A Canadian Judge has denied asylum to ex-member of the Special Anti-Robbery Squad due to his association with the brutal unit and the Nigeria Police Force as a whole.
In October 2020, SARS was scrapped after a nationwide protest against its decades of harassment, intimidation, extortion, robbery and extrajudicial killing of more than 100,000 citizens.
Court document said the cancellation of the dangerous squad was not enough for Judge Sébastien Grammond to favourably consider Olushola Popoola’s request for asylum.
Mr Grammond arrived at the decision on April 8 after Mr. Popoola asked for a judicial review of the decision of the Canadian immigration department, which had earlier declared him inadmissible into the country because of his association with the Nigeria Police Force.
Grammond ruled: “I am dismissing his application because the decision-maker reasonably assessed the relevant factors for deciding whether Mr Popoola made a knowing and significant contribution to the crimes committed by the Nigerian Police Force.”
The court gathered that Popoola served as a police officer between 2002 and 2015 when he left the force to leave Nigeria for United States. He crossed into Canada from the U.S. where he has been seeking asylum in a bid to settle permanently.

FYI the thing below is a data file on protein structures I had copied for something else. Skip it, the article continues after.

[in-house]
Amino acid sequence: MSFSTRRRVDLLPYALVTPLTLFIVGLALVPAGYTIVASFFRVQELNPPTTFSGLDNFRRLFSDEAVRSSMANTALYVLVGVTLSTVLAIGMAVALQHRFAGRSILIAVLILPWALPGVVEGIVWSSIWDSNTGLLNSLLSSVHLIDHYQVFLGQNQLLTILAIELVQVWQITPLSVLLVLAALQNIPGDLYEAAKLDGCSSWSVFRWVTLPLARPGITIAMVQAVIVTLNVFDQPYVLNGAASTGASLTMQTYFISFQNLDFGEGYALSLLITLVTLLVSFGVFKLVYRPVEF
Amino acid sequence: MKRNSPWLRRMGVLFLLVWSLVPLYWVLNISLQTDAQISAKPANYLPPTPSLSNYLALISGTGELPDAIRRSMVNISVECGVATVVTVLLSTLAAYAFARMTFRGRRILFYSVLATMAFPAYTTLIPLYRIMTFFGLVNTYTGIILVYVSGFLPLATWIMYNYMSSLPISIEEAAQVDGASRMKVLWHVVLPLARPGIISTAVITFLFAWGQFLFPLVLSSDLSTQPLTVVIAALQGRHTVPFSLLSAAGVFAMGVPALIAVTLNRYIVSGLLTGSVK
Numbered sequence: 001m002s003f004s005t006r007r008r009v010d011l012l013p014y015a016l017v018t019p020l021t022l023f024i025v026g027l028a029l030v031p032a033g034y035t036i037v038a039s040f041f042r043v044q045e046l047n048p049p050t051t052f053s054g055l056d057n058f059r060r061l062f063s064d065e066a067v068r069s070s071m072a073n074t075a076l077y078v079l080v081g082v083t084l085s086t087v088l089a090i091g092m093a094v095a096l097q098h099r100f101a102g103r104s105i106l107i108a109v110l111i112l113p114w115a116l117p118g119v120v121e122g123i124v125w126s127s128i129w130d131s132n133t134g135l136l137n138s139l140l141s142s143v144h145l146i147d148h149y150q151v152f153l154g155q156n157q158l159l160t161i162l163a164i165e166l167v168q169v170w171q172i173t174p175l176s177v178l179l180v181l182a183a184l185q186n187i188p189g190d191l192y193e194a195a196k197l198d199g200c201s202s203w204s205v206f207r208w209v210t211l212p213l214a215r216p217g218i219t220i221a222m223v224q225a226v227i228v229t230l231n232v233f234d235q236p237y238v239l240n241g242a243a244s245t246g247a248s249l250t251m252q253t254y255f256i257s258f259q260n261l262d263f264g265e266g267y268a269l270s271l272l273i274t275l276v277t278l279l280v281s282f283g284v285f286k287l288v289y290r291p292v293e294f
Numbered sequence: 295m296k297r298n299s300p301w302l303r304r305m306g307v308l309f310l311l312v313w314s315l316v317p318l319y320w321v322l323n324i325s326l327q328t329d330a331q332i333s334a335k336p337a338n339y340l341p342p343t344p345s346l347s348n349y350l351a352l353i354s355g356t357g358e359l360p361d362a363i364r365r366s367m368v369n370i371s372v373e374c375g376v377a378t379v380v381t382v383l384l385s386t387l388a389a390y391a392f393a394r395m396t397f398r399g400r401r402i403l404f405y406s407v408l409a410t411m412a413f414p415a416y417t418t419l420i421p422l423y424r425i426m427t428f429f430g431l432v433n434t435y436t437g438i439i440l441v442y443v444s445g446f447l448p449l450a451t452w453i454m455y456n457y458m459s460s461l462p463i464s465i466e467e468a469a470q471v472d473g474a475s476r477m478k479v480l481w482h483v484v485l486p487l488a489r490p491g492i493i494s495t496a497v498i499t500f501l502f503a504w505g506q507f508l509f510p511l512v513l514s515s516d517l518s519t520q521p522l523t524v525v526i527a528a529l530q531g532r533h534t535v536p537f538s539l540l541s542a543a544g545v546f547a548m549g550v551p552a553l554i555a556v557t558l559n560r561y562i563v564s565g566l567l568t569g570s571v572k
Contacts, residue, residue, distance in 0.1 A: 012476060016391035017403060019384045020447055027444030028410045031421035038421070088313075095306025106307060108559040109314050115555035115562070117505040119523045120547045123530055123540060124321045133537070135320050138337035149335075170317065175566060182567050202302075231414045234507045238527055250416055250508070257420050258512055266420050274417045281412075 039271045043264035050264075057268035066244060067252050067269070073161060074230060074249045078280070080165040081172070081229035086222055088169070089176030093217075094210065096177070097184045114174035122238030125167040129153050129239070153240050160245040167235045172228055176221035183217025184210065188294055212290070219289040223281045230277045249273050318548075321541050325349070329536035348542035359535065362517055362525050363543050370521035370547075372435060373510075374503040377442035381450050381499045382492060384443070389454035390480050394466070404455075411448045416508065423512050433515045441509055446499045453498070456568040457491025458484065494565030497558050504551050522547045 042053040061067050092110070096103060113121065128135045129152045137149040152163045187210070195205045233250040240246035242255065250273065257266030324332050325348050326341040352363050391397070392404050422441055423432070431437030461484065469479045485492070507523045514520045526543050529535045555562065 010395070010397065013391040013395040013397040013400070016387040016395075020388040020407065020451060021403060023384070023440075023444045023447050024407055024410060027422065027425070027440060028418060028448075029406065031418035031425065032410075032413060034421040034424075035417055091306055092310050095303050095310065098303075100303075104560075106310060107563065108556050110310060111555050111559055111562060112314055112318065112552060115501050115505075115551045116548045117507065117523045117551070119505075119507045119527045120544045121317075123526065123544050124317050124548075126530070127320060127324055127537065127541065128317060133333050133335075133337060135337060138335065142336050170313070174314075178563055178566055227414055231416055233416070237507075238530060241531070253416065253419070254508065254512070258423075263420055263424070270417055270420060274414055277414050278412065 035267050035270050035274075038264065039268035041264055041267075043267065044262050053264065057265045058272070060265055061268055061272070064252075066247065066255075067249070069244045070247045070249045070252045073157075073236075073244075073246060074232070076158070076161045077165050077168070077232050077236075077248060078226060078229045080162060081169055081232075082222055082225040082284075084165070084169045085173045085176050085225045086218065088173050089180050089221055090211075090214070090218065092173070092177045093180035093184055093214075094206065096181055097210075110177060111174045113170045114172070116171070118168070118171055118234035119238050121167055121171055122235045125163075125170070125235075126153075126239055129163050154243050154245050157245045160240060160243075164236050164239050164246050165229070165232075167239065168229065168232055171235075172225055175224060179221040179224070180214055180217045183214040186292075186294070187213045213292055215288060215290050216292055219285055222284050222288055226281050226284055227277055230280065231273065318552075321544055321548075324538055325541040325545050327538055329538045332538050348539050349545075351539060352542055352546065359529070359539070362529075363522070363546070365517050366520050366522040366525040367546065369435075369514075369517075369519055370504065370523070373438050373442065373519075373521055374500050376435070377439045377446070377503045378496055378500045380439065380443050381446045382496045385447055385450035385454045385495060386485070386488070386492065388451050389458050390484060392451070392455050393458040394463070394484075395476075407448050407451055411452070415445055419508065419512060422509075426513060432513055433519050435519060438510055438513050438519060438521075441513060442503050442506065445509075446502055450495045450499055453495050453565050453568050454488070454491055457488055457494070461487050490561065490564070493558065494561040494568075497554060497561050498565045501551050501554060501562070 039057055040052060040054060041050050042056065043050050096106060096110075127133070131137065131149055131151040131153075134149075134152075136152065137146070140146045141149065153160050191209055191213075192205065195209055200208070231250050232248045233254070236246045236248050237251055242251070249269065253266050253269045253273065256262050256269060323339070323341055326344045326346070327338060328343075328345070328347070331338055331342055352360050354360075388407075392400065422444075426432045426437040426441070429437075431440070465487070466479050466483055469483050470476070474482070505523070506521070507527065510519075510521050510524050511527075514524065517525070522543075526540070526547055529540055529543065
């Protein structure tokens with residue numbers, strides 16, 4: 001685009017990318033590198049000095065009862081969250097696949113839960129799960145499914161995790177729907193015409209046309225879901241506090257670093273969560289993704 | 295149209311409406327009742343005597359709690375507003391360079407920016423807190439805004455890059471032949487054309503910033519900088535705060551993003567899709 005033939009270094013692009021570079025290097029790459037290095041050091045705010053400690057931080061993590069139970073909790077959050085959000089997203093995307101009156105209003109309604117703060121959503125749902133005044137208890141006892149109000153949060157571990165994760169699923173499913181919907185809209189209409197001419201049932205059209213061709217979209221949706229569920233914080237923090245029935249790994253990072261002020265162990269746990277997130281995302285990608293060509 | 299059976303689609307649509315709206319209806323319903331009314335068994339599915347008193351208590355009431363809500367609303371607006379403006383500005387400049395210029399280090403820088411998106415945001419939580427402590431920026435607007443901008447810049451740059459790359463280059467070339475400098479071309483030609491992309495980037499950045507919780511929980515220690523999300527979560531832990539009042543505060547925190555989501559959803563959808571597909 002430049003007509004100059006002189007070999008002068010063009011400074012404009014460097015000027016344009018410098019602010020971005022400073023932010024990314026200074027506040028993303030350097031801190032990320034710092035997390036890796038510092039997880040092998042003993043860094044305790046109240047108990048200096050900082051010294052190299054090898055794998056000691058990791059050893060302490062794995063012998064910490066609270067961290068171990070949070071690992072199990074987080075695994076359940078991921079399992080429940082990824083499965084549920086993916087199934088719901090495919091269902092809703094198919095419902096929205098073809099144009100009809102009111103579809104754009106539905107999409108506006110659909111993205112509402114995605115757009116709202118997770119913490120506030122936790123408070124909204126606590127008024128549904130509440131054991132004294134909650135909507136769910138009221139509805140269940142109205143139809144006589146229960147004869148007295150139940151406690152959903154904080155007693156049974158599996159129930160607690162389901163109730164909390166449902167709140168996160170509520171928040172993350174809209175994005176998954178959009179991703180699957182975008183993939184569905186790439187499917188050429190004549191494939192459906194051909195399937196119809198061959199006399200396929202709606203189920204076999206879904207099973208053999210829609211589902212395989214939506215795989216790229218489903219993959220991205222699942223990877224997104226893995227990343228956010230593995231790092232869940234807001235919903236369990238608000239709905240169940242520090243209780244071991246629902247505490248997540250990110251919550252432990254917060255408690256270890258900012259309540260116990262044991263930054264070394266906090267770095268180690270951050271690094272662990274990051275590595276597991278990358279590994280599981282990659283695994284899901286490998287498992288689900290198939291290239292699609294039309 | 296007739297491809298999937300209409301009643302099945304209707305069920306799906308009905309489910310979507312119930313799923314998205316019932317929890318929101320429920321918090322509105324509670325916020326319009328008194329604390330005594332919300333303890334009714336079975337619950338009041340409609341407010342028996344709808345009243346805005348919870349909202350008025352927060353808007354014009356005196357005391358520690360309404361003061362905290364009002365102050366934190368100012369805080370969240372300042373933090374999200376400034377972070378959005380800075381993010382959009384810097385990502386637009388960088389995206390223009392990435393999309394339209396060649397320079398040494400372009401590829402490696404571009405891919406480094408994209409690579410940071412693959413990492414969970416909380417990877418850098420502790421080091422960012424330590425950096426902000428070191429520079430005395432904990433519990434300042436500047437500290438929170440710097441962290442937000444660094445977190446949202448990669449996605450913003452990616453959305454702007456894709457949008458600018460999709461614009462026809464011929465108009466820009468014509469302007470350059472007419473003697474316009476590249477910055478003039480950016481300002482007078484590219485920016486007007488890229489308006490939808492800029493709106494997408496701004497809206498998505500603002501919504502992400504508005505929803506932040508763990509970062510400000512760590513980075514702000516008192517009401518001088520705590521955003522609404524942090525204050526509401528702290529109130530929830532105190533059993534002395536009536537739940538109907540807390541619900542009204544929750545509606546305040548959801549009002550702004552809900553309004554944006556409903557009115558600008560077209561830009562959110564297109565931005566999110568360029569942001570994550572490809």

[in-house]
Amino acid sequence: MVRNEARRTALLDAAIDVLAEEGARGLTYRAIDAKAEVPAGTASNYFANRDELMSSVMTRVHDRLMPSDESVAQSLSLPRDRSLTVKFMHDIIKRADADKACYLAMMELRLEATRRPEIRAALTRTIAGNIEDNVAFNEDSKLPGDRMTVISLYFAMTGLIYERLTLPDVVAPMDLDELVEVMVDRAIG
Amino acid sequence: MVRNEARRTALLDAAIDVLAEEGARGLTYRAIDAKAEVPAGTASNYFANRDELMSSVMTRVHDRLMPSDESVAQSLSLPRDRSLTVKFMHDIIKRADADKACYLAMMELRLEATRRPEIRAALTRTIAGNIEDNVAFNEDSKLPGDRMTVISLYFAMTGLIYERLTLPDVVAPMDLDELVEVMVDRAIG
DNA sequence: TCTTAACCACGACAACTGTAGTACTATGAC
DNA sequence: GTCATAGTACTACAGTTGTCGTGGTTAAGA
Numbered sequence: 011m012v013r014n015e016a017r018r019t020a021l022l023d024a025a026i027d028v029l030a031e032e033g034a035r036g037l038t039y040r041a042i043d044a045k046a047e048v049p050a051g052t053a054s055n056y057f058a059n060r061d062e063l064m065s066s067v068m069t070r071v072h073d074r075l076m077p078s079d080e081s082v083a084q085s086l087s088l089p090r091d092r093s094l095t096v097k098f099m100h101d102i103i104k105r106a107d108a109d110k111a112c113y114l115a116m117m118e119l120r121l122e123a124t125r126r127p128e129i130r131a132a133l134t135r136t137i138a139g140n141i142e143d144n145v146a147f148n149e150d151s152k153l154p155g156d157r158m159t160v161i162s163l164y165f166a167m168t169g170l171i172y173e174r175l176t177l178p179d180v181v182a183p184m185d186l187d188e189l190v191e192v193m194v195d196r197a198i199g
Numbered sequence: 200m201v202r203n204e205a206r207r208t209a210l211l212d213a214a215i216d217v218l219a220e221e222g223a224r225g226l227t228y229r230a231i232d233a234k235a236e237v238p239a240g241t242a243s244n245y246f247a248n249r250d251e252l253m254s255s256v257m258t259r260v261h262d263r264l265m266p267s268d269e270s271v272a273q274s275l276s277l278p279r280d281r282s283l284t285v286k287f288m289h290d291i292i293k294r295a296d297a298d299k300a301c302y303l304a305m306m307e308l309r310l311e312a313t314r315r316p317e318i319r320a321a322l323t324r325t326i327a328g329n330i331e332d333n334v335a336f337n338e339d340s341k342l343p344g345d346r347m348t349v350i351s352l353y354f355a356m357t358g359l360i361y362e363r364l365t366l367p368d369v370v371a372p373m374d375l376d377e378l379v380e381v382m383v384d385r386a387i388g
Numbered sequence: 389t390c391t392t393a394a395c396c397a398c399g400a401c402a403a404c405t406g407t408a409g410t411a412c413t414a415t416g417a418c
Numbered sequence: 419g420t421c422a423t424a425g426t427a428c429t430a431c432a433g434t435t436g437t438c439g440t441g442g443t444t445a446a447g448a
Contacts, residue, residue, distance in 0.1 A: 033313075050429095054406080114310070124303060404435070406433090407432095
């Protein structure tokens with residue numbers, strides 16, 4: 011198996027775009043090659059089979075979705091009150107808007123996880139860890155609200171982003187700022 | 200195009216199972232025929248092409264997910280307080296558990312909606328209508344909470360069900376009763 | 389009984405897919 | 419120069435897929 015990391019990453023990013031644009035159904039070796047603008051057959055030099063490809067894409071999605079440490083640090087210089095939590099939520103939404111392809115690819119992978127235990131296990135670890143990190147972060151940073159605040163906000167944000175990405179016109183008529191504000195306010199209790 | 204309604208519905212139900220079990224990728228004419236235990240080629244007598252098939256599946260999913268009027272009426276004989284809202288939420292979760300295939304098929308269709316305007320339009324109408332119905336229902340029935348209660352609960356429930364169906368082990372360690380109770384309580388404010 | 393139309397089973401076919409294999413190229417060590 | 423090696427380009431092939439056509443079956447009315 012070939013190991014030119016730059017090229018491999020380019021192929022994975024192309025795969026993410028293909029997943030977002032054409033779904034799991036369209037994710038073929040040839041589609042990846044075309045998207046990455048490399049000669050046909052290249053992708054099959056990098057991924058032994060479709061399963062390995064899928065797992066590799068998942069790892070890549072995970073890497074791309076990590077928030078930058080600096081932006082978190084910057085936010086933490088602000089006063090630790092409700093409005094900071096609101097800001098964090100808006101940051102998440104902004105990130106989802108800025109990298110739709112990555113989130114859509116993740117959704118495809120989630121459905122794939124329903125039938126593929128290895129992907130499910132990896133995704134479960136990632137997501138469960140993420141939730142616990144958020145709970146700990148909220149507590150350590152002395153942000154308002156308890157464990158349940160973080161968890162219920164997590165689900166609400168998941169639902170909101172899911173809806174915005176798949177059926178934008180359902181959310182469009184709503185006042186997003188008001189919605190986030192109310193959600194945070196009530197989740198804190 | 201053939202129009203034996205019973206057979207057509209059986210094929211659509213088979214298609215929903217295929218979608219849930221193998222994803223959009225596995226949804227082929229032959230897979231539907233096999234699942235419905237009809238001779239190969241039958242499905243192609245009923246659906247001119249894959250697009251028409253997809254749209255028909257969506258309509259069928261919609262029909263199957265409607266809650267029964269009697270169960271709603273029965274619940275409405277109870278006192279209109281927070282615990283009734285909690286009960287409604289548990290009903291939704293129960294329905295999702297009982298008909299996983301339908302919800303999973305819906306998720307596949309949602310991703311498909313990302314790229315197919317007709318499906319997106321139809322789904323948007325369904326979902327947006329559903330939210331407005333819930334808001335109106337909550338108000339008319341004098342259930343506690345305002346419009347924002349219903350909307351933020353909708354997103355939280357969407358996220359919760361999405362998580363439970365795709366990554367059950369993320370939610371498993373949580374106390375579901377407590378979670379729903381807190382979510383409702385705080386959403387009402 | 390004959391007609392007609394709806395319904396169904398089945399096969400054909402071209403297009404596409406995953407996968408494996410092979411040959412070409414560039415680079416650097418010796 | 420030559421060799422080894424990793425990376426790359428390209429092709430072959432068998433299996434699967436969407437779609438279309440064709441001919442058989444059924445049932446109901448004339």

Popoola argued that he did not partake in brutal violence and other forms of criminality that SARS carried out in the course of his service, and added that he should be considered as a civil ex-officer due to his voluntary exit from the force.
But Mr Grammond disclosed that Popoola could reasonably be assumed to know about the murderous and exploitative activities of SARS, even if he did not participate personally.
The Judge ruled: “Since Mr. Popoola reasonably knew that when he was a member of the SARS the suspects he handed over to the criminal investigation department would be subject to human rights violations.
“The tribunal finds this to be a significant contribution to the criminal purpose of the organisation since he had the knowledge of what could befall the individual subject to investigation.”